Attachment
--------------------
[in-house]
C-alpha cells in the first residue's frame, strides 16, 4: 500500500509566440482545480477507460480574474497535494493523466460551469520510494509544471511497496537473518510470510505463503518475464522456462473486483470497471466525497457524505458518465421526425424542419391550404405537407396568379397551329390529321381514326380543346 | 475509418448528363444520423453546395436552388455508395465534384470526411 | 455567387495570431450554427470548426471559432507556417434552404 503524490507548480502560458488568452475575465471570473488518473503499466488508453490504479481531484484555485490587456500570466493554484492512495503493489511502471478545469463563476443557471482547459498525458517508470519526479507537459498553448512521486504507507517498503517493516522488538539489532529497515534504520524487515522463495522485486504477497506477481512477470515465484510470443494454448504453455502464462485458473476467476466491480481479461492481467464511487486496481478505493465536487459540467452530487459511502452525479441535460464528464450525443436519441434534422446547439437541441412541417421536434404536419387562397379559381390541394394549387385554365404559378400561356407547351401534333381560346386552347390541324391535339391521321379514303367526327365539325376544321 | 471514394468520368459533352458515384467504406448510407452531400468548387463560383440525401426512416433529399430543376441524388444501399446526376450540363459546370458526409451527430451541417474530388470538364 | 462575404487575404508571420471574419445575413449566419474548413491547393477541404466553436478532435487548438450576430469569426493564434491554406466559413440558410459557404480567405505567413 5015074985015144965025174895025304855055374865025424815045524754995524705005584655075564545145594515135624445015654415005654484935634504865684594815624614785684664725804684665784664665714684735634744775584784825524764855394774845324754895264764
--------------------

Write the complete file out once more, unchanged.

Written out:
[in-house]
C-alpha cells in the first residue's frame, strides 16, 4: 500500500509566440482545480477507460480574474497535494493523466460551469520510494509544471511497496537473518510470510505463503518475464522456462473486483470497471466525497457524505458518465421526425424542419391550404405537407396568379397551329390529321381514326380543346 | 475509418448528363444520423453546395436552388455508395465534384470526411 | 455567387495570431450554427470548426471559432507556417434552404 503524490507548480502560458488568452475575465471570473488518473503499466488508453490504479481531484484555485490587456500570466493554484492512495503493489511502471478545469463563476443557471482547459498525458517508470519526479507537459498553448512521486504507507517498503517493516522488538539489532529497515534504520524487515522463495522485486504477497506477481512477470515465484510470443494454448504453455502464462485458473476467476466491480481479461492481467464511487486496481478505493465536487459540467452530487459511502452525479441535460464528464450525443436519441434534422446547439437541441412541417421536434404536419387562397379559381390541394394549387385554365404559378400561356407547351401534333381560346386552347390541324391535339391521321379514303367526327365539325376544321 | 471514394468520368459533352458515384467504406448510407452531400468548387463560383440525401426512416433529399430543376441524388444501399446526376450540363459546370458526409451527430451541417474530388470538364 | 462575404487575404508571420471574419445575413449566419474548413491547393477541404466553436478532435487548438450576430469569426493564434491554406466559413440558410459557404480567405505567413 5015074985015144965025174895025304855055374865025424815045524754995524705005584655075564545145594515135624445015654415005654484935634504865684594815624614785684664725804684665784664665714684735634744775584784825524764855394774845324754895264764